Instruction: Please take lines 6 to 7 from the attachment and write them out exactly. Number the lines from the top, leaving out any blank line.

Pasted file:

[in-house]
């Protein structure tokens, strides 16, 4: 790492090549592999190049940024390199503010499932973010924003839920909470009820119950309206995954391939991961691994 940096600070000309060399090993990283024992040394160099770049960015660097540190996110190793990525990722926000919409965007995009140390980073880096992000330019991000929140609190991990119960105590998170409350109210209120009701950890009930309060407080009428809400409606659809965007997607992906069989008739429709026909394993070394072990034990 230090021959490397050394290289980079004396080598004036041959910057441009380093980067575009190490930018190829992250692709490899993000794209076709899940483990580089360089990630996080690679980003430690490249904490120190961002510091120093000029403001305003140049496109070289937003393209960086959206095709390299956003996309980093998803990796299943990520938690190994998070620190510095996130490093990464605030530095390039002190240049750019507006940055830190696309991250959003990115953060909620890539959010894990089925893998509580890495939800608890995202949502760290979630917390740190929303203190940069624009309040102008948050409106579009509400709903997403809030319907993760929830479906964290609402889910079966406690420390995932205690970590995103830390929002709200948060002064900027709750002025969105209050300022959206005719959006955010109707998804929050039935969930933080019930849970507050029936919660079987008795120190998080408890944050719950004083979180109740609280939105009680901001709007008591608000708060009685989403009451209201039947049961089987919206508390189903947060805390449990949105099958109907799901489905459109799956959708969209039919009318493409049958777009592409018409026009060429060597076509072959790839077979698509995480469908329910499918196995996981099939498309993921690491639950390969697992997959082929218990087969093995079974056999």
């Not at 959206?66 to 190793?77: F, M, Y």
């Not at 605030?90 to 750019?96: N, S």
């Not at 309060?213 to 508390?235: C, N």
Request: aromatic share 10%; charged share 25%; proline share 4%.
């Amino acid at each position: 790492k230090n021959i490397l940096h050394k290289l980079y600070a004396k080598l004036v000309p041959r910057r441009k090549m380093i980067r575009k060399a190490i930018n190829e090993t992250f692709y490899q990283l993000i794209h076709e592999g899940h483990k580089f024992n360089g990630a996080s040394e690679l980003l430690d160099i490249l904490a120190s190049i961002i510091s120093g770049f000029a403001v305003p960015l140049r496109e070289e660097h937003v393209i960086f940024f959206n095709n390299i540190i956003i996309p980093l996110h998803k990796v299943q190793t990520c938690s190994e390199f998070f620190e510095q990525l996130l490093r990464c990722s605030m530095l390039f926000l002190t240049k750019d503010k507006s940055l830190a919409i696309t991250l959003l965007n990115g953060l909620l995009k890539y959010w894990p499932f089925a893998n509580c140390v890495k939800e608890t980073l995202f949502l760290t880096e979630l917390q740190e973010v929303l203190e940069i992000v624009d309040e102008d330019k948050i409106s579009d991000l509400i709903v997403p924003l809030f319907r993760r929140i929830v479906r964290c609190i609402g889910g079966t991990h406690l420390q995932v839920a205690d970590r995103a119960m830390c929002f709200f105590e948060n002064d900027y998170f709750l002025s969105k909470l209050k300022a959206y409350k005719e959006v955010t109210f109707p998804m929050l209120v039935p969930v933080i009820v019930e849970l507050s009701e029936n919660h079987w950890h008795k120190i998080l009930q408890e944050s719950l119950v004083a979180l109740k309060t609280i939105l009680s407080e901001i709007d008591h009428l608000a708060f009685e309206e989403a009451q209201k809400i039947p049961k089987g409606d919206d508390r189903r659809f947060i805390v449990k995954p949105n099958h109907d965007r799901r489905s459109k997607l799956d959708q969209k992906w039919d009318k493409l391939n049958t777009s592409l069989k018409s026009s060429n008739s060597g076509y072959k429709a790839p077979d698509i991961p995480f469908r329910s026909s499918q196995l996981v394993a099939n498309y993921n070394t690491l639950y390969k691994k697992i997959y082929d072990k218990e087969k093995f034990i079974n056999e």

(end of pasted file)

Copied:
Request: aromatic share 10%; charged share 25%; proline share 4%.
């Amino acid at each position: 790492k230090n021959i490397l940096h050394k290289l980079y600070a004396k080598l004036v000309p041959r910057r441009k090549m380093i980067r575009k060399a190490i930018n190829e090993t992250f692709y490899q990283l993000i794209h076709e592999g899940h483990k580089f024992n360089g990630a996080s040394e690679l980003l430690d160099i490249l904490a120190s190049i961002i510091s120093g770049f000029a403001v305003p960015l140049r496109e070289e660097h937003v393209i960086f940024f959206n095709n390299i540190i956003i996309p980093l996110h998803k990796v299943q190793t990520c938690s190994e390199f998070f620190e510095q990525l996130l490093r990464c990722s605030m530095l390039f926000l002190t240049k750019d503010k507006s940055l830190a919409i696309t991250l959003l965007n990115g953060l909620l995009k890539y959010w894990p499932f089925a893998n509580c140390v890495k939800e608890t980073l995202f949502l760290t880096e979630l917390q740190e973010v929303l203190e940069i992000v624009d309040e102008d330019k948050i409106s579009d991000l509400i709903v997403p924003l809030f319907r993760r929140i929830v479906r964290c609190i609402g889910g079966t991990h406690l420390q995932v839920a205690d970590r995103a119960m830390c929002f709200f105590e948060n002064d900027y998170f709750l002025s969105k909470l209050k300022a959206y409350k005719e959006v955010t109210f109707p998804m929050l209120v039935p969930v933080i009820v019930e849970l507050s009701e029936n919660h079987w950890h008795k120190i998080l009930q408890e944050s719950l119950v004083a979180l109740k309060t609280i939105l009680s407080e901001i709007d008591h009428l608000a708060f009685e309206e989403a009451q209201k809400i039947p049961k089987g409606d919206d508390r189903r659809f947060i805390v449990k995954p949105n099958h109907d965007r799901r489905s459109k997607l799956d959708q969209k992906w039919d009318k493409l391939n049958t777009s592409l069989k018409s026009s060429n008739s060597g076509y072959k429709a790839p077979d698509i991961p995480f469908r329910s026909s499918q196995l996981v394993a099939n498309y993921n070394t690491l639950y390969k691994k697992i997959y082929d072990k218990e087969k093995f034990i079974n056999e």